Saturday, December 11, 2010

General de Brigade Game: Maida, 1806

Austin, Jon, and Kevin joined me at my house today for a trial run through the General de Brigade rules. These used to be my go-to rules for Napoleonic gaming, but I haven't used them for nearly a decade.

We settled on the Maida scenario from scenario book #2. The GdB scenario has some interesting changes from history, with some generous morale ratings for the British and a questionable OOB for the French. We decided to play the scenario straight from the book.

Kevin took overall command of the French and commanded two of the three French brigades. Jon took command of the largest French brigade. Austin opted to command the entire British force.

Here you can see the starting British deployment. The British had four small infantry brigades and two 12-man units of skirmishers. With no reserves, the British were hoping to keep the French from breaking through.

Kevin got his brigades moving, hoping to stack up two brigades against the British left while Jon pinned the British right.

All three French brigades accepted their orders very quickly, and the attack was on! Here you can see Jon's brigade as it moves forward to engage the British right.

And here are Kevin's two brigades ready to land their punch on the British left.

Kevin was able to attack a single British battalion with two battalions of infantry and a regiment of light cavalry, but the British battalion was able to hold the French long enough to buy a little time. Kevin's cavalry recoiled from the combat, and his infantry were unable to exploit the gap they had caused.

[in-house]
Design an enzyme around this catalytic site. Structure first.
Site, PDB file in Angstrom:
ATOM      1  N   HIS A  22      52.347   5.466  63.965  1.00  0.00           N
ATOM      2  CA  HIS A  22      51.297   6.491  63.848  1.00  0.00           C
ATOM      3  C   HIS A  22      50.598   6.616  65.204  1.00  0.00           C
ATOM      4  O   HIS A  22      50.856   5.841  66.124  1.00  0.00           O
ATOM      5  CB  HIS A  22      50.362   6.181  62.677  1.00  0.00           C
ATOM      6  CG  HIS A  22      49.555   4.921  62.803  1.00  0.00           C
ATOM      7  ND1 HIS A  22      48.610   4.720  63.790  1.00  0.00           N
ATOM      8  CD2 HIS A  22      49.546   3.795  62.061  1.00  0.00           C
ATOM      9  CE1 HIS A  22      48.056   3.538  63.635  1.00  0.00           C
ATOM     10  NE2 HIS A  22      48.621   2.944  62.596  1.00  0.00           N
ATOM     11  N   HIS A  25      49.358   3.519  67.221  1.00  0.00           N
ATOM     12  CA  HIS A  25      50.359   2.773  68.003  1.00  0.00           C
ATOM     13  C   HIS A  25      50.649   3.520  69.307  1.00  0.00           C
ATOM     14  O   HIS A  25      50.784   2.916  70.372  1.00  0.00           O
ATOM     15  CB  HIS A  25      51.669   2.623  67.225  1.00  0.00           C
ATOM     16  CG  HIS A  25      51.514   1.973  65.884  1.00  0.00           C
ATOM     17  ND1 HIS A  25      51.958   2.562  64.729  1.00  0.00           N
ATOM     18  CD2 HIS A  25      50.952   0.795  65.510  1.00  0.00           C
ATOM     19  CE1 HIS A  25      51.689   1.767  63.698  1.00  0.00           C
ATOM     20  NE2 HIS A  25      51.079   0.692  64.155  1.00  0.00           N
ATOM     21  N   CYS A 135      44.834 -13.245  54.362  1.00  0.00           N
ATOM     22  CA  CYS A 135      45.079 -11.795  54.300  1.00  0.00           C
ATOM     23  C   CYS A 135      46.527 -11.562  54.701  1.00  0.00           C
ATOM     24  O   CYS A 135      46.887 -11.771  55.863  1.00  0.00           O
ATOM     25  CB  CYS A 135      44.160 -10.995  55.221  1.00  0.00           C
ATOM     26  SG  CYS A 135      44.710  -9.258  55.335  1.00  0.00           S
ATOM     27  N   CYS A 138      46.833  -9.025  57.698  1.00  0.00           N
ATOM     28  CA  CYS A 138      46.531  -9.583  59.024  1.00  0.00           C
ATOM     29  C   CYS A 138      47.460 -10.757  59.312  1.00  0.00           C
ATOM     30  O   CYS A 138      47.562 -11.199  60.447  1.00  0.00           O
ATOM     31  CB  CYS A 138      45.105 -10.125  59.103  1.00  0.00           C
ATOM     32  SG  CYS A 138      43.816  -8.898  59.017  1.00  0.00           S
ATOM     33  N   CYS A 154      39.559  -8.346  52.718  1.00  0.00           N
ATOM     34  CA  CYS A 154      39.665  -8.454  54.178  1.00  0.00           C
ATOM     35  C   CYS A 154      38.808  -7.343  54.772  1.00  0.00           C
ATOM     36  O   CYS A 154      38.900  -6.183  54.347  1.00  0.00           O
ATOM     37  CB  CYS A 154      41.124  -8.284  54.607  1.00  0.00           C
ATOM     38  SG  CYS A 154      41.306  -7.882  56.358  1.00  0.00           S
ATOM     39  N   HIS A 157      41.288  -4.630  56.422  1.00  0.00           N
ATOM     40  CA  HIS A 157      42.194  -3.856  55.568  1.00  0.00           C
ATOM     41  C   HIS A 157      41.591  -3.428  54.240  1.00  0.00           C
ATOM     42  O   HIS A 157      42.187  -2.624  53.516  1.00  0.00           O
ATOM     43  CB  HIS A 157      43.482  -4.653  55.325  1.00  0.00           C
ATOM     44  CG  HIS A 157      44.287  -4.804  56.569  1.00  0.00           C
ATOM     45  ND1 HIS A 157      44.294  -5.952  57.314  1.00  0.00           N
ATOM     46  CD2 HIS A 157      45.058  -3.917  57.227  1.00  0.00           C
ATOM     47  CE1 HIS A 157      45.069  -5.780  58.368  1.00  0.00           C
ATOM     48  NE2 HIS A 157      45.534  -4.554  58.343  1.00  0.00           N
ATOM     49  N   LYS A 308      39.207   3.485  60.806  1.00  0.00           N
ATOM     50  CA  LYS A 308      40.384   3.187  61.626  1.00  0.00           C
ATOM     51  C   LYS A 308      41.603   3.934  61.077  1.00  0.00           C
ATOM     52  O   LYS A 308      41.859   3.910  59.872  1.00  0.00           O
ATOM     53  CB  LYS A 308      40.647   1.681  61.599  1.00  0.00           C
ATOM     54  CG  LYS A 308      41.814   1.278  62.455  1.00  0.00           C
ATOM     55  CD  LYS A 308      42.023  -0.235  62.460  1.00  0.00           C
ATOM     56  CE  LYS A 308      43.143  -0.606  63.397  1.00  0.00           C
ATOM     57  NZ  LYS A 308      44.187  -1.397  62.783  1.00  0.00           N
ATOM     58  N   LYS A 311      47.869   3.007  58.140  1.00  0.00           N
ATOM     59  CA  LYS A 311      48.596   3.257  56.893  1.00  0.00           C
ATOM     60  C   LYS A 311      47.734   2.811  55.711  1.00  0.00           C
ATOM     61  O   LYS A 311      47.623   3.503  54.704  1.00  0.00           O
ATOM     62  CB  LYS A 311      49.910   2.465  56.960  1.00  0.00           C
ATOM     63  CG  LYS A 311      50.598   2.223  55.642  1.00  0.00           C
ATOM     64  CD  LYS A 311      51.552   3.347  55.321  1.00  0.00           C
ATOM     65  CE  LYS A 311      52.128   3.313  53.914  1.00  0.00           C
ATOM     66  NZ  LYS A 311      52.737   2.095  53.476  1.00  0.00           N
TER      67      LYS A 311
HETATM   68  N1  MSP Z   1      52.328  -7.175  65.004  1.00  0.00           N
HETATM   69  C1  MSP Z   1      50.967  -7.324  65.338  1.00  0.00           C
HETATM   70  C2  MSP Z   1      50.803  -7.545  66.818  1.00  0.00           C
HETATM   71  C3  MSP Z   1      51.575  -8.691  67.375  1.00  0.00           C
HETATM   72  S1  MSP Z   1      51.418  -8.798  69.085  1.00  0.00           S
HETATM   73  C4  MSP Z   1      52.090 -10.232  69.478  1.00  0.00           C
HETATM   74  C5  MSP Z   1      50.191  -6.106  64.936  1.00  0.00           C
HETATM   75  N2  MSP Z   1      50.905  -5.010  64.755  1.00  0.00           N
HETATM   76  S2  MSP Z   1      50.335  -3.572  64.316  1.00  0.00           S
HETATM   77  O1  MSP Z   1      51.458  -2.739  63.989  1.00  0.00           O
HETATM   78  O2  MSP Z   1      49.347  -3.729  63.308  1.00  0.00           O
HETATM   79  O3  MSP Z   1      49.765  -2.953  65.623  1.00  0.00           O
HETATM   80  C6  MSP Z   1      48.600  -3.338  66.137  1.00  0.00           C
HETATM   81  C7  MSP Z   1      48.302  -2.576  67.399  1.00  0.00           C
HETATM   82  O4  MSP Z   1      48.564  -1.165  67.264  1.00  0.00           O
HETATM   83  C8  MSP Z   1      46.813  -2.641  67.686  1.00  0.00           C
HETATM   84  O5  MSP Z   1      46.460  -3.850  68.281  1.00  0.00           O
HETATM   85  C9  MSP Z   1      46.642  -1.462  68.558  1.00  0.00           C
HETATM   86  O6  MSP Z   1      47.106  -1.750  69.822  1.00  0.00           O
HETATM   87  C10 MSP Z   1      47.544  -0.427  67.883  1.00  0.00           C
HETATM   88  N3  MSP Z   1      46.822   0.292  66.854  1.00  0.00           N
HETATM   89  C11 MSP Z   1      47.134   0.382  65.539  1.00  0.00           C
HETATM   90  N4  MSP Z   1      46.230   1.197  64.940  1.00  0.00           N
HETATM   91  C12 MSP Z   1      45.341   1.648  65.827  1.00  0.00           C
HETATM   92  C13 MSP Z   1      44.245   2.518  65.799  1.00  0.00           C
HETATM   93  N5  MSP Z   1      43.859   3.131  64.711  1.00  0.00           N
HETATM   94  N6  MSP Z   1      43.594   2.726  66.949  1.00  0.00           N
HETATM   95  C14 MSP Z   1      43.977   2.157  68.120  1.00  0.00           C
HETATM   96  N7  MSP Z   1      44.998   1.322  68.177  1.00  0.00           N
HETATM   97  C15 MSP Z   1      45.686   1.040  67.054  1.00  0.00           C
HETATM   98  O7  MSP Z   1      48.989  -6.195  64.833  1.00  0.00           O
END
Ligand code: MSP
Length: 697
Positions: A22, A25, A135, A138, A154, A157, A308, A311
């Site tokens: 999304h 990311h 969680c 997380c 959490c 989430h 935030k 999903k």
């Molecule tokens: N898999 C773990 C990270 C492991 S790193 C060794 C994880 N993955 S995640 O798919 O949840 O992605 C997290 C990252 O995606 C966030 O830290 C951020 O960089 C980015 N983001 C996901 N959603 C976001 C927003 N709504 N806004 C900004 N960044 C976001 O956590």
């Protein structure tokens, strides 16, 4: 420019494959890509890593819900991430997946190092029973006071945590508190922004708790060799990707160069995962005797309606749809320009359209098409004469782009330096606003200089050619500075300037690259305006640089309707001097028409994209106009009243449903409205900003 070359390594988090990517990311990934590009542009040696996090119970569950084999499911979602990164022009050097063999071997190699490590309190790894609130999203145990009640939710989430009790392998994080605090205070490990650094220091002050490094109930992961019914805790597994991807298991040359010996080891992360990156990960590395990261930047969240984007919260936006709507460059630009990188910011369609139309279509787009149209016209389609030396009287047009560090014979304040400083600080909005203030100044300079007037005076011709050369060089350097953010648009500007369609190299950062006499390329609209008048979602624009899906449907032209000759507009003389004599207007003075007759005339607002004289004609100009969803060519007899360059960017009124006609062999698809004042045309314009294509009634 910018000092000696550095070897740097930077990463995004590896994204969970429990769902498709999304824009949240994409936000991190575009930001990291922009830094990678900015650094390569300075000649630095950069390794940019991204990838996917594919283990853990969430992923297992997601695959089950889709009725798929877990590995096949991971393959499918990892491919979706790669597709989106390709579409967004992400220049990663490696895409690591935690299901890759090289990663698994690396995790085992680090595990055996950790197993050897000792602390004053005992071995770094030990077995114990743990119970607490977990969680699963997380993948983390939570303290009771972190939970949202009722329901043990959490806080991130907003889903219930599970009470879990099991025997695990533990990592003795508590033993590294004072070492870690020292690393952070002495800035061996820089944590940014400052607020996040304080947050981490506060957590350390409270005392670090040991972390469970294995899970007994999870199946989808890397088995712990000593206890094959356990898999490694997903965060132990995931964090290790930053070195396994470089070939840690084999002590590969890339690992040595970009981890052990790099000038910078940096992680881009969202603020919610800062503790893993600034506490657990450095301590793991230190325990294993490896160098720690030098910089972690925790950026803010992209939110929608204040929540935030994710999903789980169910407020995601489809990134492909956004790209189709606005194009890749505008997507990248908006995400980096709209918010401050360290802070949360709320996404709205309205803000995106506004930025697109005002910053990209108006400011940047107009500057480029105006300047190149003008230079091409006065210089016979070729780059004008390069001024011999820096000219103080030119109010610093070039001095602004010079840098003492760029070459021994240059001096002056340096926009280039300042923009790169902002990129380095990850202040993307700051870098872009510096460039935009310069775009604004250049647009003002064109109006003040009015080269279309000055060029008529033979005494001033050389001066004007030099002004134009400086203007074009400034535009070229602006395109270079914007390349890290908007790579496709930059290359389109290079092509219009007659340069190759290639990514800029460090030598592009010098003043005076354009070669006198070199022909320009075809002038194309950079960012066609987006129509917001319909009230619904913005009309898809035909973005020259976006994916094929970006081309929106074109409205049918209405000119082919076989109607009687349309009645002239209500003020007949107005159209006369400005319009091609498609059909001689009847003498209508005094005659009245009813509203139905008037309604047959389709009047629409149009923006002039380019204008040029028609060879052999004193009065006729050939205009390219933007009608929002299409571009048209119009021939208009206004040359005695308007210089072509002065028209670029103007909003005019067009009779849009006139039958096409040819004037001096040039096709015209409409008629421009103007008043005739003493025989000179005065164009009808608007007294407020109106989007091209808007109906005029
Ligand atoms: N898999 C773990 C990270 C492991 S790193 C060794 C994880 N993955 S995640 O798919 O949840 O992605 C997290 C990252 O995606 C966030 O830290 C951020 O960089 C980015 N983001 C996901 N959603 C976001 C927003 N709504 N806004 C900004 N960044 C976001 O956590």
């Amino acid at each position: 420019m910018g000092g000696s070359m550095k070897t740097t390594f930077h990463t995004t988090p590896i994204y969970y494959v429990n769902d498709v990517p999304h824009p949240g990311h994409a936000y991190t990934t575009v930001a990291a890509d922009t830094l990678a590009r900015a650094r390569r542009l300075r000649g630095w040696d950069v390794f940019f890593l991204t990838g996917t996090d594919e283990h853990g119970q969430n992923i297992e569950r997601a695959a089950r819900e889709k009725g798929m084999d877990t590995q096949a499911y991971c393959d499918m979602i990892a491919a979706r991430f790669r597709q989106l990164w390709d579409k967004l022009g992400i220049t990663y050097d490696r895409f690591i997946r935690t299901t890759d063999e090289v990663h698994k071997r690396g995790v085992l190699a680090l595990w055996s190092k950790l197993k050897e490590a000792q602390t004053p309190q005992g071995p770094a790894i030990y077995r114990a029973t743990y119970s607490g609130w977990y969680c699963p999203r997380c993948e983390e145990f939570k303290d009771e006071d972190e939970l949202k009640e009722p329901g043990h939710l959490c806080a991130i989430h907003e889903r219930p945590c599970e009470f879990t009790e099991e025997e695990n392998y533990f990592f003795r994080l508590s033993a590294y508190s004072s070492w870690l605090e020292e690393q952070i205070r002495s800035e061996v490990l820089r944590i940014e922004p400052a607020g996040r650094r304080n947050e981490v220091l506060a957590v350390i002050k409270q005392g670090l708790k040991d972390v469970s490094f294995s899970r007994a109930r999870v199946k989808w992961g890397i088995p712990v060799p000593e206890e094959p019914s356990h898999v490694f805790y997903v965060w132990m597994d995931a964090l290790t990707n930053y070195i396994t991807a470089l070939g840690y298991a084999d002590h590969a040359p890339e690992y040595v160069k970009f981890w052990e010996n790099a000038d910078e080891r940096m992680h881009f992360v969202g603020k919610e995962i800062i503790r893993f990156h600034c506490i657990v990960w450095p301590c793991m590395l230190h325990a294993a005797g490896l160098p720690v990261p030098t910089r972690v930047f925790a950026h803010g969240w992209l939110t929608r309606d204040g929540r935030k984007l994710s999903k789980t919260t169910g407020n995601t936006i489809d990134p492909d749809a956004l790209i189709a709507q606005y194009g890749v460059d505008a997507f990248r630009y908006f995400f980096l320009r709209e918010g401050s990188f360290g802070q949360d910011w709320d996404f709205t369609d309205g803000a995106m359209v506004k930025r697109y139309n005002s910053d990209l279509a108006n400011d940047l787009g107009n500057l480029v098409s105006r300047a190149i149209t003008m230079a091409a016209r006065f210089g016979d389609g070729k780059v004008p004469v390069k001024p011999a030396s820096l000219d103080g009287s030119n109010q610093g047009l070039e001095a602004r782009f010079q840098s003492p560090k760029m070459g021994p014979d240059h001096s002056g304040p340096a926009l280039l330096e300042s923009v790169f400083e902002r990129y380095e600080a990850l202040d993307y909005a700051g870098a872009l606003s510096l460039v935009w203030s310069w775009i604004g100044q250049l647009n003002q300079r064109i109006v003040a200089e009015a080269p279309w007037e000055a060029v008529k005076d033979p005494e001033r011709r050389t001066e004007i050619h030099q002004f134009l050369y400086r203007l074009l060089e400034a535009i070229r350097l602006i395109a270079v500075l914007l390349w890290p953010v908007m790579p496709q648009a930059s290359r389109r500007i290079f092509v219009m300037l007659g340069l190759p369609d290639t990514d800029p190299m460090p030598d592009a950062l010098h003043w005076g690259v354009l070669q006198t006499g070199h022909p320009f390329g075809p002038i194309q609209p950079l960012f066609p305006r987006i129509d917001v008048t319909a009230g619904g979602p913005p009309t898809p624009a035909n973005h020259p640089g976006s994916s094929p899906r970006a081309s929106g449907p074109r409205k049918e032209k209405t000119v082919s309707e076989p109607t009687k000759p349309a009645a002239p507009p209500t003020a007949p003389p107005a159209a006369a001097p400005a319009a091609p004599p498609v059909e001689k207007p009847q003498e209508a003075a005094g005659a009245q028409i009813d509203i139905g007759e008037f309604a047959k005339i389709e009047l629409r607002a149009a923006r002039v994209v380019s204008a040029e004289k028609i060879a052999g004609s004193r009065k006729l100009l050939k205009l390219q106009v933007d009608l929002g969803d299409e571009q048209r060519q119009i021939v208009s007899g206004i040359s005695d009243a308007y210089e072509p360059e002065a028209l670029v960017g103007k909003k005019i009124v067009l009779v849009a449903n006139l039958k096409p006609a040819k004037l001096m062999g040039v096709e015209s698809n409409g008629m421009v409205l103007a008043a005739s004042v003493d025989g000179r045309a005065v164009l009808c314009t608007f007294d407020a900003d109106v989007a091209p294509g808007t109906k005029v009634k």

Austin's little battery of four pounders broke one French battalion, which ran from the field. This triggered a brigade morale test, which the French failed. Austin had restored his line and began issuing his generals orders to press the French.

A firefight developed on the British right, and superior British musketry caused heavy French casualties. Kevin ordered this brigade to retreat, hoping to buy time for the other two brigades to reform.

By now the British left had also received orders to press the French. The British infantry hounded the French as they withdrew, giving them no chance to reform and try another attack.

We played this battle to conclusion in around four and a half hours. The group picked up the rules pretty well, and we were cranking through the turns by the end of the game. We'll have to try another game or two to see if the rules will make our regular rotation, but I think they show some promise.


  1. Great looking game, Scott. I must try out GdB; have only heard good things about them. Dean

  2. Nice battle report! I've played one solitaire session w/GdB and really like the rules. I bought the deluxe edition a couple months back.


  3. Yeah, they're a decent set of rules. We used 2nd Edition for this game, but I have the deluxe edition on order. I doubt there are many big changes, but I did read somewhere that they've streamlines some of the more complex rules.